By Daphne Stern, Esq
In my last article (“New Law Impacts Retirement Plans“), I discussed the Setting Every Community Up for Retirement Enhancement (SECURE) Act and its significant impact on retirement assets such as Individual Retirement Accounts (IRAs) and Internal Revenue Code Section 401(k) retirement plans. I stressed the importance of reviewing your retirement assets to determine how you are affected by the SECURE Act and what changes need to be made to ensure that your retirement and estate planning goals are accomplished.
Perhaps the greatest change affected by the new act is the elimination of the ability of a named beneficiary of a retirement account to receive the distributions over their lifetime. Under the SECURE Act, the account must be distributed to the beneficiary within 10 years after the death of the account owner. This may result in negative tax consequences since income taxes will be imposed as to these distributions upon receipt by the beneficiary. This will also limit the ability of an account owner to provide a steady stream of income for a family member throughout his or her life.
In this article, I will focus on some of the other provisions of the SECURE Act that will be relevant to people at various stages of life.
Section 529 College Savings Plans
An Internal Revenue Code Section 529 plan account may be established by parents to save money in a tax-effective manner for the future educational expenses of a child. While there is no deduction for the amounts contributed to the account for federal income tax purposes, New York State allows an income tax deduction for such contributions. In addition, if funds are distributed from the account for the “qualified higher education expenses” of the beneficiary, then the investment income of the account is not included in the owner’s taxable income for federal tax purposes. Qualified higher education expenses generally refer to college or graduate school tuition, housing, food, textbooks, and related supplies.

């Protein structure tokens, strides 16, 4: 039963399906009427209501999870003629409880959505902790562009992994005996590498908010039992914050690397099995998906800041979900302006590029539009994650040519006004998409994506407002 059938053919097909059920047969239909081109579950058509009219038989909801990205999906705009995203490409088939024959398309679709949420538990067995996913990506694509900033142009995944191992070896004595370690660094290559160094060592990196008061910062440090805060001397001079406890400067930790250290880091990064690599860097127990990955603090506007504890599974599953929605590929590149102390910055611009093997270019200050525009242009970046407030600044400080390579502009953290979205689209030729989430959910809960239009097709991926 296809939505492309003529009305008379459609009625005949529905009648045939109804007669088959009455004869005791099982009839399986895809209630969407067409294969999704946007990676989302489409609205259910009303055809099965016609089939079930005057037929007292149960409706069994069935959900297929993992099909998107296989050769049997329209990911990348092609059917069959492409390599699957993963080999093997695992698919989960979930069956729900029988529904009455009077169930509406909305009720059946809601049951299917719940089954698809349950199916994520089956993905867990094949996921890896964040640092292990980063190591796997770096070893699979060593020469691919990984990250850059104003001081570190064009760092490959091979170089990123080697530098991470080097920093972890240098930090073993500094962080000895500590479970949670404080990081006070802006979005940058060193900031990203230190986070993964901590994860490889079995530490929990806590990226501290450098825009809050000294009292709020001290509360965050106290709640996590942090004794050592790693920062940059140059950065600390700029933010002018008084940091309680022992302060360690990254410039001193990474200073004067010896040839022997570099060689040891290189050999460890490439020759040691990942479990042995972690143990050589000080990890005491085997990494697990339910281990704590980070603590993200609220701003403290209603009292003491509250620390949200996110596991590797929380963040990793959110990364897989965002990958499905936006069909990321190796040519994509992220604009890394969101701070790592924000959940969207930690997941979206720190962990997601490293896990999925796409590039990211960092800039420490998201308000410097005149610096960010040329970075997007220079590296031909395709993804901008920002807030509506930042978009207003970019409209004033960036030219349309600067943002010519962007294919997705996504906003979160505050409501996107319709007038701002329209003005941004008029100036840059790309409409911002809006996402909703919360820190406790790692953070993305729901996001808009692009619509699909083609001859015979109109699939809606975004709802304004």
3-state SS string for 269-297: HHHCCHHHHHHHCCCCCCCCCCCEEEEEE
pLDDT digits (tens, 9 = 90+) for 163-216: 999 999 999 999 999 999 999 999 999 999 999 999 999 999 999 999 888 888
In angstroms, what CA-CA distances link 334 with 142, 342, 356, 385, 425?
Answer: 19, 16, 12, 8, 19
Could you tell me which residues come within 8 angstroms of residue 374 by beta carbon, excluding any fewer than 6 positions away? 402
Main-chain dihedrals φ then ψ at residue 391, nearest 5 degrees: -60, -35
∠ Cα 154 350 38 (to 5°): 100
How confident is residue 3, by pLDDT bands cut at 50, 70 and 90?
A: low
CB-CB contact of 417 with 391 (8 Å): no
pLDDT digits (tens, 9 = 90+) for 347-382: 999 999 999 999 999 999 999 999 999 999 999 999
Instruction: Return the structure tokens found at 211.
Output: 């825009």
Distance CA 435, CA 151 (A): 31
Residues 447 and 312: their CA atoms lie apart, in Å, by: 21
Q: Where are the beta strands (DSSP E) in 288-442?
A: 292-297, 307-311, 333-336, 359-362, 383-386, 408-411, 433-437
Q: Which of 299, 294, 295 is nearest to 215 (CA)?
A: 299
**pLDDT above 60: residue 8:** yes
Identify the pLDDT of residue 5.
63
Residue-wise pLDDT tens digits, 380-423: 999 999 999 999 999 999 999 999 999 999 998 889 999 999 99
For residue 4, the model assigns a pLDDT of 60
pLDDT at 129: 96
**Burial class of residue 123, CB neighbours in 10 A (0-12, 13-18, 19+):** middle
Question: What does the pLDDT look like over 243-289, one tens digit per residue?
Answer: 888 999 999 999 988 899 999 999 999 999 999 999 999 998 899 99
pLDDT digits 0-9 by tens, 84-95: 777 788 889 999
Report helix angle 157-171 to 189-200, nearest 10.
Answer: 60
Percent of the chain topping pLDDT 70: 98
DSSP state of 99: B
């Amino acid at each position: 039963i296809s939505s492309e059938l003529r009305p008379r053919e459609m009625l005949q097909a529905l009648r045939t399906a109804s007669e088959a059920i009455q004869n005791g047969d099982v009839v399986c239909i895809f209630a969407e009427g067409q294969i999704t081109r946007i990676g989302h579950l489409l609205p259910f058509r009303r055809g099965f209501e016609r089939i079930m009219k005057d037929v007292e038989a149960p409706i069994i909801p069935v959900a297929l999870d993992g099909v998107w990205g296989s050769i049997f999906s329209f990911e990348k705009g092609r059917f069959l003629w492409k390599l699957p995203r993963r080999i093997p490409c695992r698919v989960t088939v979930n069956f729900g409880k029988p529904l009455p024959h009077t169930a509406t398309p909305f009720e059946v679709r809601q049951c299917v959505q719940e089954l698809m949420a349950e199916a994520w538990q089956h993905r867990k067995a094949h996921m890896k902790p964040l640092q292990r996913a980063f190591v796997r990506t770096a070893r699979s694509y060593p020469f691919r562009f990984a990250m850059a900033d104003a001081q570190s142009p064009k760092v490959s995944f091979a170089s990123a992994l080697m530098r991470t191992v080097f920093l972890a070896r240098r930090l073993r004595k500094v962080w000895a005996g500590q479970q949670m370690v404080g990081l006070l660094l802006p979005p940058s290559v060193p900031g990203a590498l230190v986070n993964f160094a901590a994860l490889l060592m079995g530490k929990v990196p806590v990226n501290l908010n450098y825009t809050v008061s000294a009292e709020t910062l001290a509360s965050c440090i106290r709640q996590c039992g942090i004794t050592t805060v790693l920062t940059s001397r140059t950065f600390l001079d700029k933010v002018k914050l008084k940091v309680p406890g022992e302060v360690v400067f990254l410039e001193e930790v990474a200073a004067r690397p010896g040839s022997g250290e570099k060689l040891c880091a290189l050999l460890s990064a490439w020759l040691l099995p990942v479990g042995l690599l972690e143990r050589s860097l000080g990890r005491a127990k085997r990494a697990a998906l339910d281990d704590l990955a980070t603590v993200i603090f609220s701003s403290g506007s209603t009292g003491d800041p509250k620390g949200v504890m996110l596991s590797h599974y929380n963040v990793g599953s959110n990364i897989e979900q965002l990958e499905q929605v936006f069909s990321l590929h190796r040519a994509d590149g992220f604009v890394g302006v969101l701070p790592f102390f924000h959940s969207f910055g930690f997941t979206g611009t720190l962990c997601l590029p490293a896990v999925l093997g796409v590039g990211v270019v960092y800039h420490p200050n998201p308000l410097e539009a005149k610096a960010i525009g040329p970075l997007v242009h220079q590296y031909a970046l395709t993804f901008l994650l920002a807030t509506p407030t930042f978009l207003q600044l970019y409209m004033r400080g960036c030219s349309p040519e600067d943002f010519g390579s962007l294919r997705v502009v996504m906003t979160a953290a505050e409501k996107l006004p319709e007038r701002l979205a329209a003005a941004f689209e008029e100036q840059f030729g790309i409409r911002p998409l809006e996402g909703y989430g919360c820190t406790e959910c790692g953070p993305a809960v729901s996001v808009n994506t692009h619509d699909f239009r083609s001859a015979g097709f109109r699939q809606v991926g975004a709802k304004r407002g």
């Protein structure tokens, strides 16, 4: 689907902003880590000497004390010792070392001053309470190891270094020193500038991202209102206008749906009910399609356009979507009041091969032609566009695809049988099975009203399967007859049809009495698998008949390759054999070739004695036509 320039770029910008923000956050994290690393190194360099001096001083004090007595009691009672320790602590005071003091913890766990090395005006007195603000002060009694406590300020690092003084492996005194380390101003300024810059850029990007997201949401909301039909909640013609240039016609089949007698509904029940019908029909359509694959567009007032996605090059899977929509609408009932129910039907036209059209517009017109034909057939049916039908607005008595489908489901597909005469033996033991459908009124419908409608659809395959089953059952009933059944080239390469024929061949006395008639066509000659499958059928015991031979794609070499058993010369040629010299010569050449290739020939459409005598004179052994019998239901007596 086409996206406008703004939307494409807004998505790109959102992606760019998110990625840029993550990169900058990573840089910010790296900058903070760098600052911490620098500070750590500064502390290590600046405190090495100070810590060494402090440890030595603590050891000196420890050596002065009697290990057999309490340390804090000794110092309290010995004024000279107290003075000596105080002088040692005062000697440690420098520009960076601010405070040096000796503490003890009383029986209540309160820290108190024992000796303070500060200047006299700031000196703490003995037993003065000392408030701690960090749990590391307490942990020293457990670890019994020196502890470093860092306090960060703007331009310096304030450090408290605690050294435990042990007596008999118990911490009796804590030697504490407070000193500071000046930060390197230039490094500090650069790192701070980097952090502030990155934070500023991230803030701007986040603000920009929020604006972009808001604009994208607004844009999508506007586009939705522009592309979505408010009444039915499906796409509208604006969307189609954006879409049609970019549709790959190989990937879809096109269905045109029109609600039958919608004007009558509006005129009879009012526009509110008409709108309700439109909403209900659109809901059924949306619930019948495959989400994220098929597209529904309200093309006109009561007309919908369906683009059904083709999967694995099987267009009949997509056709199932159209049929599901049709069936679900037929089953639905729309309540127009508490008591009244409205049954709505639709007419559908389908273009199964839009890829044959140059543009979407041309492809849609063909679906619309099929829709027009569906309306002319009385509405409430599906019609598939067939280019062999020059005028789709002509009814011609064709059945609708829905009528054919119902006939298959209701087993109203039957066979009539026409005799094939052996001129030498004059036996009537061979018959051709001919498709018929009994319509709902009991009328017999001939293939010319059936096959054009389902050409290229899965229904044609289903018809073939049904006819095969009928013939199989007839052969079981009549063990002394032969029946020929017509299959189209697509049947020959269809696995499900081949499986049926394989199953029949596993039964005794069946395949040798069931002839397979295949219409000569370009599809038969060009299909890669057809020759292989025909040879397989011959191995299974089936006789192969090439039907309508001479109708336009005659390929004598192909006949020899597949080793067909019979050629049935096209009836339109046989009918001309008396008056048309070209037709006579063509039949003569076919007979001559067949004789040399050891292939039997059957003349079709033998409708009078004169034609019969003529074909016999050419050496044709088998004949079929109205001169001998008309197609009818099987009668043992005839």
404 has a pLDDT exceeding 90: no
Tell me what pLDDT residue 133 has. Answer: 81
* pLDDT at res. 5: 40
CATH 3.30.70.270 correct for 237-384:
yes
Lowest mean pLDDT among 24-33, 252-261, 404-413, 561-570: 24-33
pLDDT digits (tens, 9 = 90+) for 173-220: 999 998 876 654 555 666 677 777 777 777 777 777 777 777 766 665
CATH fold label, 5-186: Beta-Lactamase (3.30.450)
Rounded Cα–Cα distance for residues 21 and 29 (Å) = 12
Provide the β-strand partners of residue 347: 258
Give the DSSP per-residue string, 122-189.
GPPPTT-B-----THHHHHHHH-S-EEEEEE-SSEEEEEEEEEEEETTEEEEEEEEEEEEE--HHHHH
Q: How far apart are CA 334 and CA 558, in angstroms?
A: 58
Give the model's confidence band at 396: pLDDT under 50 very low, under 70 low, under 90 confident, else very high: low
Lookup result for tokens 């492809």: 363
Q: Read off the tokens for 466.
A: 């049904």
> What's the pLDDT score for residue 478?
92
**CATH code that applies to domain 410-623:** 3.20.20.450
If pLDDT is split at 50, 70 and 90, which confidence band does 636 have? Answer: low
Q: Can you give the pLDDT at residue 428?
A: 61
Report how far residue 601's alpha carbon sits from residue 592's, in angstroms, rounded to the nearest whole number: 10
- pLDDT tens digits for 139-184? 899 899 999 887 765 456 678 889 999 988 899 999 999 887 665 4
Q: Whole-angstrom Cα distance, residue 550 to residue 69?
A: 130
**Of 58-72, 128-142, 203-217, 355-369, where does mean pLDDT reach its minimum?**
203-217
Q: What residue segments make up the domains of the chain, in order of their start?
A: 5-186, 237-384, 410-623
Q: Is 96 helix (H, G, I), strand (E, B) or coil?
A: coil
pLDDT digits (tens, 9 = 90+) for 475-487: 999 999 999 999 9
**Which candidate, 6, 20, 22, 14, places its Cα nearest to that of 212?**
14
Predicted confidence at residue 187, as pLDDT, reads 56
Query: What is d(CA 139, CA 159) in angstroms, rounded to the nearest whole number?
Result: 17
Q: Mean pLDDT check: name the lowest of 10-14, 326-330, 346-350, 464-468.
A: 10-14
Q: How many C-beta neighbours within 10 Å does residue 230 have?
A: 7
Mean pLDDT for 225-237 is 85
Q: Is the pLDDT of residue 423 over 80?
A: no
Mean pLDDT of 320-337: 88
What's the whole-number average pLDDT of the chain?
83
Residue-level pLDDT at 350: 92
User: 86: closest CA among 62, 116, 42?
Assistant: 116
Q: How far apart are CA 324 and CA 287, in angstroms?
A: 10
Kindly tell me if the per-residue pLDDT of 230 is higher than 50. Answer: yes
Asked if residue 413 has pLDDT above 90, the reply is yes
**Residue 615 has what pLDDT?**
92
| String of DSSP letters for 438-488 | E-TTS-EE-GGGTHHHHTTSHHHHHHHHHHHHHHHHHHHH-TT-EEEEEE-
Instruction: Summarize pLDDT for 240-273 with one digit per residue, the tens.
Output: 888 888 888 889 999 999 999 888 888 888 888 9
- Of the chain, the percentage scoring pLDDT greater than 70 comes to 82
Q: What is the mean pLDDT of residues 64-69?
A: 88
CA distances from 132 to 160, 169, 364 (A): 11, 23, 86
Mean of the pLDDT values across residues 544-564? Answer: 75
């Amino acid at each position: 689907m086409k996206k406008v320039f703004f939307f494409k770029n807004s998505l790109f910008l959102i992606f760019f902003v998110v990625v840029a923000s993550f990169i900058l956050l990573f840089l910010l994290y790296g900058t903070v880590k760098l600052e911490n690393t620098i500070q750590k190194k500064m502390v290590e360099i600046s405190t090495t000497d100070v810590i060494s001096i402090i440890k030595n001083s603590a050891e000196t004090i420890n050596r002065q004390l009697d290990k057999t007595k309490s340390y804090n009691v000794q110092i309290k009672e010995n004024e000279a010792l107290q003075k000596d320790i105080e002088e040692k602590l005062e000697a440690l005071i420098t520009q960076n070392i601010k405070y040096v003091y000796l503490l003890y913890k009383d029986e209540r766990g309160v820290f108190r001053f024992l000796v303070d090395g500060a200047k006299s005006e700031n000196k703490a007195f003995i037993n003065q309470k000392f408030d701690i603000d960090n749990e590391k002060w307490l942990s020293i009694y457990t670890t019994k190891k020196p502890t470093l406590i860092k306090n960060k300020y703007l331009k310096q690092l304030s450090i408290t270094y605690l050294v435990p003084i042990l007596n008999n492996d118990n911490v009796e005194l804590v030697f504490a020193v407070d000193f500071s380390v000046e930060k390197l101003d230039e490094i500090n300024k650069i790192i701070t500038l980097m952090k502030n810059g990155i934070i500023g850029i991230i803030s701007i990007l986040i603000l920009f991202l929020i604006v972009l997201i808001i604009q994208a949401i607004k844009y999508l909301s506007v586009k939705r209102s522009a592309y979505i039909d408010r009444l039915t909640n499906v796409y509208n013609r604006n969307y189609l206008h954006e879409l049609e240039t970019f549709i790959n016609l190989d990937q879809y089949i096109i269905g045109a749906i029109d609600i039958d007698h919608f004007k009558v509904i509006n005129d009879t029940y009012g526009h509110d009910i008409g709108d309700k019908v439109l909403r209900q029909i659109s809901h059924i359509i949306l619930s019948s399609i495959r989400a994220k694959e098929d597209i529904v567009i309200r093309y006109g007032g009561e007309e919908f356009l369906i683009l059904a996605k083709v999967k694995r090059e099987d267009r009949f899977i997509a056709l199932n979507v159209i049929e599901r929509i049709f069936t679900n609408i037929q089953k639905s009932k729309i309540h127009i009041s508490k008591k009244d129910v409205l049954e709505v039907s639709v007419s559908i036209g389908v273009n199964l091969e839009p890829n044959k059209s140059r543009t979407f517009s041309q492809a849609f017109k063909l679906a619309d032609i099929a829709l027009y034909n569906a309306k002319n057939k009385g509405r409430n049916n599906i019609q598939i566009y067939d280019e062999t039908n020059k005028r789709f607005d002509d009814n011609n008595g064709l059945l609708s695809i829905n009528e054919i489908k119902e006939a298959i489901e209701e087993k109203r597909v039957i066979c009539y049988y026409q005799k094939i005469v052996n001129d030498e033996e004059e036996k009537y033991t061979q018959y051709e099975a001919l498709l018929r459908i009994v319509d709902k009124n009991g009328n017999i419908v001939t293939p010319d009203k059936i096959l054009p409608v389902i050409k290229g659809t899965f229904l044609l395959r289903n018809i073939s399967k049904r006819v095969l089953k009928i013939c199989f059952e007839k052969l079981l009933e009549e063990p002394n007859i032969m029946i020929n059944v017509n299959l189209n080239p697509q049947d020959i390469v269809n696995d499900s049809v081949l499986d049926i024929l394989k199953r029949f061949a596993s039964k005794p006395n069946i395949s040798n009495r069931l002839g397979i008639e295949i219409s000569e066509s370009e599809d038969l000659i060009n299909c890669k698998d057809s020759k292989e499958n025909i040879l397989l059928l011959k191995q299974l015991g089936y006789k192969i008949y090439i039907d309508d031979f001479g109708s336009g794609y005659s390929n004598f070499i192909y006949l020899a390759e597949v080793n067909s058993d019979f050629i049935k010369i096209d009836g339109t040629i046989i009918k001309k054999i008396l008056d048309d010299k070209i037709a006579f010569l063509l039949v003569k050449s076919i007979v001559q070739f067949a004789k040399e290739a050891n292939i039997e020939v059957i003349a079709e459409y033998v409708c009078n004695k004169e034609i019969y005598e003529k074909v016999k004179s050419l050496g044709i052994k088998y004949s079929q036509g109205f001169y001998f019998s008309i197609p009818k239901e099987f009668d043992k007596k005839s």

The SECURE Act expands the definition of qualified higher educational expenses to include apprenticeship programs. Distributions for expenses related to an apprenticeship program, such as fees, books, supplies, and equipment required for participation in the program will qualify, as long as the program is registered with and certified by the Secretary of Labor.
Perhaps more significantly, the SECURE Act provides that amounts used to repay the qualified education loans of a beneficiary will also be deemed a qualified higher education expense. An account owner may use the 529 plan to repay up to $10,000 of the student’s loans. In addition, the qualified education loans of the student’s siblings may also be repaid from the 529 plan account, with a separate $10,000 limitation for that sibling. For example, if a person has three children, each with $10,000 of student loans, she could use $30,000 from one child’s 529 plan to repay all of those loans.